[standards-jig] JNG Ramblings.

Iain Shigeoka iain.shigeoka at messaginglogic.com
Fri Aug 9 16:53:11 UTC 2002

As another person that telnets into the server regularly to check behavior,
I'll have to say that binary is a bummer.  If efficiency (wire and code) and
computer friendliness were the highest priorities, we might as well drop XML
as the packet format too.  There are much more efficient ways of creating
and reading binary formatted messages that don't require parsing XML.

I think a pure ascii text protocol (UTF-8 but limited to ascii) is the best
internet protocol format because of its hackability.  I can telnet into an
SMTP server anywhere and send an email with no tools (beyond telnet) and
almost no knowledge of the protocol itself (hell you can even type "help" on
most systems as part of the protocol and get the available commands).  The
same applies to almost all largely deployed internet protocols.

I keep banging on the BEEP drum (thanks for plugging it as well David)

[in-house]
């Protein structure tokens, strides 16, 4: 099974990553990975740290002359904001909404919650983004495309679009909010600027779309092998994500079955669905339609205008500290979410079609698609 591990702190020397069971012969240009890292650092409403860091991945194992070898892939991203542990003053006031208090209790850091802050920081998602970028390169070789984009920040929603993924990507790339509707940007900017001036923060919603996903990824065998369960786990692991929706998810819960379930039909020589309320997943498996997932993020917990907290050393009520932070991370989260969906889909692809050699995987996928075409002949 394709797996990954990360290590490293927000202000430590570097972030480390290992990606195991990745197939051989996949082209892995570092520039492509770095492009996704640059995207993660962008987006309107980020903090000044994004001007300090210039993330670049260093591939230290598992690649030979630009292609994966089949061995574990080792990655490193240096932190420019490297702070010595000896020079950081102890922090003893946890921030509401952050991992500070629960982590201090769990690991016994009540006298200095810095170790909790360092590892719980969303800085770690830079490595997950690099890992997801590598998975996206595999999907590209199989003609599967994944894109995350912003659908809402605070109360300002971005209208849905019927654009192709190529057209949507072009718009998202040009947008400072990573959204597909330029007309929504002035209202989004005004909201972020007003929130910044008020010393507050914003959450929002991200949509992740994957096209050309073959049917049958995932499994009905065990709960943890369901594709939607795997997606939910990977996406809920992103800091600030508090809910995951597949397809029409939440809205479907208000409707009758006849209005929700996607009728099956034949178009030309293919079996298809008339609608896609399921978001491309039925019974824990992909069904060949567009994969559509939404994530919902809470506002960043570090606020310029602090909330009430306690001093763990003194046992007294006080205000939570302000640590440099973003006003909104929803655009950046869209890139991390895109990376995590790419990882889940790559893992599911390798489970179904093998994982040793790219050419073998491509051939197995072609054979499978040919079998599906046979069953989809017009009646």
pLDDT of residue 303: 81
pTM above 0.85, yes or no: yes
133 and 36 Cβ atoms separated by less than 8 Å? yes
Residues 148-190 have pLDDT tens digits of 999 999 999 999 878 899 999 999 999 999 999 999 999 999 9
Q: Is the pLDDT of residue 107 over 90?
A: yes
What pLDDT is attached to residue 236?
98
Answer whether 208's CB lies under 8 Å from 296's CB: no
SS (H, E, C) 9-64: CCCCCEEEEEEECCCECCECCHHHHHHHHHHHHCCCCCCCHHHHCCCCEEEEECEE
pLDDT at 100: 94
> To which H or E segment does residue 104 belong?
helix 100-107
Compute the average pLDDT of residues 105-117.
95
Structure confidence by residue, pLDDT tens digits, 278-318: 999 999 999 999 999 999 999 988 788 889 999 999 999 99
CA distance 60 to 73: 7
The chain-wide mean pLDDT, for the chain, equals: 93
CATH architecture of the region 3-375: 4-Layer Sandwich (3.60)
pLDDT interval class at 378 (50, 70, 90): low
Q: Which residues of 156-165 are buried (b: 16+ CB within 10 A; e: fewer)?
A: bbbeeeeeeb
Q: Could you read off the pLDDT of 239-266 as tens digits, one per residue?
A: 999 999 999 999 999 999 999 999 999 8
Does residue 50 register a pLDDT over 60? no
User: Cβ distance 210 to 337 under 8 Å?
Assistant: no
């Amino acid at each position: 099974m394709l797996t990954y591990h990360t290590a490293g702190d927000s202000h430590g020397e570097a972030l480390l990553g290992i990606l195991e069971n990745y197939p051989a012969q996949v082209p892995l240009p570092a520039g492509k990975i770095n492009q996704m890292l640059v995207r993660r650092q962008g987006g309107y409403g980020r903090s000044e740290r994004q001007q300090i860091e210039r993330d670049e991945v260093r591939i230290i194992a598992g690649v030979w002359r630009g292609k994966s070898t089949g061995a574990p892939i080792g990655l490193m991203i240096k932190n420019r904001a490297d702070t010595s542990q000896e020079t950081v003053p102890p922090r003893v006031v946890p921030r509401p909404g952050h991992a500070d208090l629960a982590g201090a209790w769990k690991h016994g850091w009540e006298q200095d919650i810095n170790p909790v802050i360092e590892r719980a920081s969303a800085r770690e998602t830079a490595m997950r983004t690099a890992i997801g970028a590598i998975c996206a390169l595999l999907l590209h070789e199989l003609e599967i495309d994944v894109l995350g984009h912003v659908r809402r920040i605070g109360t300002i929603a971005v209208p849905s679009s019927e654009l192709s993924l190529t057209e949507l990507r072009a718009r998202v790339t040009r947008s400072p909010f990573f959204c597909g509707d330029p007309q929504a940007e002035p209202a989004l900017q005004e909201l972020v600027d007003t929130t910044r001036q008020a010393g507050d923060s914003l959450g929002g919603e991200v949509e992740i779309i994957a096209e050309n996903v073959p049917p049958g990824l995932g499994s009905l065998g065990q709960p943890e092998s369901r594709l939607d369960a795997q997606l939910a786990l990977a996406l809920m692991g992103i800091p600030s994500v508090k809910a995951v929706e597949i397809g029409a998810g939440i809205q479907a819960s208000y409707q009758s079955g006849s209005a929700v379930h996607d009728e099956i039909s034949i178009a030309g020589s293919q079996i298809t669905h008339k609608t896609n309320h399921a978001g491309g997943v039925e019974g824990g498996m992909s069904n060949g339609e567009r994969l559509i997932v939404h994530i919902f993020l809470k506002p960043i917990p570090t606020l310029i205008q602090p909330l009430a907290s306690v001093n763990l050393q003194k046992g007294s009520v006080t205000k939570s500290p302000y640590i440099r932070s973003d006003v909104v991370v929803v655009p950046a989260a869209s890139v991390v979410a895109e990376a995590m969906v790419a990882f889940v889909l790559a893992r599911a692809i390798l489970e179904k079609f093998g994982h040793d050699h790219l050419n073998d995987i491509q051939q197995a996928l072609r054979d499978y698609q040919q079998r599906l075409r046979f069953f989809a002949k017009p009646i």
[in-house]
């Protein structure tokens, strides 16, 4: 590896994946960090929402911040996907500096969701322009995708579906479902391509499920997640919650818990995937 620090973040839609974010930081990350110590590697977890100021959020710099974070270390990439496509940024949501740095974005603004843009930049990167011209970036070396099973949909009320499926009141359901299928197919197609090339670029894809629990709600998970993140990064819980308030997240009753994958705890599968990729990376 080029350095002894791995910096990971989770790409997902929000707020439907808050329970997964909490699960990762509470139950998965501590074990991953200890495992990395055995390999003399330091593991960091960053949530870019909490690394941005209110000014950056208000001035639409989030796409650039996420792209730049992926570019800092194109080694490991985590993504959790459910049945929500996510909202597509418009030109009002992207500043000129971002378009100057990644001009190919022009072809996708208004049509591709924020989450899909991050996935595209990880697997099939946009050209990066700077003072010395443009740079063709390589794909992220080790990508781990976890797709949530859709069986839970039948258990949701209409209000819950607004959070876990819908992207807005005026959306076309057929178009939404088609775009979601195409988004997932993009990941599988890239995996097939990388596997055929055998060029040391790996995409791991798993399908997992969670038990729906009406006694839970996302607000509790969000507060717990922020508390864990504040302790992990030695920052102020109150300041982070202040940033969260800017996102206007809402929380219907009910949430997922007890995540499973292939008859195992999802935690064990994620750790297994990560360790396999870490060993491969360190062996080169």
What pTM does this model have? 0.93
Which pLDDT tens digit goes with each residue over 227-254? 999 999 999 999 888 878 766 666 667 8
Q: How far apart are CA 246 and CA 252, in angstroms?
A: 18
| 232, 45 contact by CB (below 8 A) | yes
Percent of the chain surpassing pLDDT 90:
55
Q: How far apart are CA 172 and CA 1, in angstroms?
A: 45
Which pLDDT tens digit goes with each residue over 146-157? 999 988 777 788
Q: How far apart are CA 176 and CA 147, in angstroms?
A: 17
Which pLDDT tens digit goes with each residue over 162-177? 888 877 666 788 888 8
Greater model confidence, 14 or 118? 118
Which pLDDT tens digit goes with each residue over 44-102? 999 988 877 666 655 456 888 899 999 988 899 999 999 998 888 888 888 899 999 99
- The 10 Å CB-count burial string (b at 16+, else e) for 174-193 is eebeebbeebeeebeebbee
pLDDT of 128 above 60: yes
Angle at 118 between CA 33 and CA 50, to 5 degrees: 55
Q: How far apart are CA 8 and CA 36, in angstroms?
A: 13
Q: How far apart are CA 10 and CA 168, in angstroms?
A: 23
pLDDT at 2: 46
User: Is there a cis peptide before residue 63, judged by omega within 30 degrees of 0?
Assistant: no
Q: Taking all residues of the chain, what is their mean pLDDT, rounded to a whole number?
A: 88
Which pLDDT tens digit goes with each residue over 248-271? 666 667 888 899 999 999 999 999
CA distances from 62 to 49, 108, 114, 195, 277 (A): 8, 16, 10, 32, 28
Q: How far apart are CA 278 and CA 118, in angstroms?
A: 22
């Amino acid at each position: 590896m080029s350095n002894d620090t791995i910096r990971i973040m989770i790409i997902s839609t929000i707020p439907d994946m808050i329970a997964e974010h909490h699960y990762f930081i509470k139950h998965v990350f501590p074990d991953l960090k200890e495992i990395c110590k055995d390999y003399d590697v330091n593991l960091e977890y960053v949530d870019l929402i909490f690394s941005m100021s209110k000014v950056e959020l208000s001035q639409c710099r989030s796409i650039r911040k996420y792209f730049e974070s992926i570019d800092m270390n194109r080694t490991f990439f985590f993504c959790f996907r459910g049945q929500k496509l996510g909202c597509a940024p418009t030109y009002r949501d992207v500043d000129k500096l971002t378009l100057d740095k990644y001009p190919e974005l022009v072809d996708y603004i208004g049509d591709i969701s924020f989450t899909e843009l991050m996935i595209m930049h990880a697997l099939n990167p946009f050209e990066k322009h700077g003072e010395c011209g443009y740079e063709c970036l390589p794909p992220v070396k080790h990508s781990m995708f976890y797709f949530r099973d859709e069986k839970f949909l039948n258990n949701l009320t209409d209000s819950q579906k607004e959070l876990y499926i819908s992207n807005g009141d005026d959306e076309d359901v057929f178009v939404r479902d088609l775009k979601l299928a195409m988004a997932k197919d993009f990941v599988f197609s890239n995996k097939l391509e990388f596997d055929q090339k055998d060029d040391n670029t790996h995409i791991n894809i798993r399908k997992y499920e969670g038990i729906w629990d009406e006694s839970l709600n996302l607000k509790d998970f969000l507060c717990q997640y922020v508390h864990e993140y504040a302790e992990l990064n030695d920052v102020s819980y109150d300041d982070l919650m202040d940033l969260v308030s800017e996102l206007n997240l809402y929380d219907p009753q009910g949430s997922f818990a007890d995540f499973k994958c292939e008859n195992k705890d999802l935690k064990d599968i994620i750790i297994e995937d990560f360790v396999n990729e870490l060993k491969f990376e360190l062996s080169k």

because it is there, an IETF standard, and it basically works.  I understand
there are problems with its larger requirements (breaking Jabber simplicity)
but we don't have to use the whole BEEP standard.  We could define a subset
of BEEP specifically for Jabber so that Jabber on BEEP would work on any
BEEP compliant system/library (but Jabber on BEEP systems wouldn't
necessarily support all BEEP features like multi-packet responses and
anything requiring sophisticated windowing).

The only real drawback to BEEP that I see is that you still need to count
octets in the packet in order to generate the frame which is pretty
unfriendly to someone typing in things to talk to the server.  To
accommodate direct human-to-BEEP interaction, I might propose a small
modification to break some of BEEP to provide for non-octet counting based
framing...  Maybe just unique begin/end text tags ala multi-part mime.


PS - I wouldn't be that opposed to coopting some of the APEX stuff too if it
seems like it would be useful.  I like the APEX idea that routers and end
points are not the same (although they could be).  This seems to be much
more ISP friendly and creates the real possibility of moving a lot of the
server bottlenecks into hardware (the APEX router stuff).

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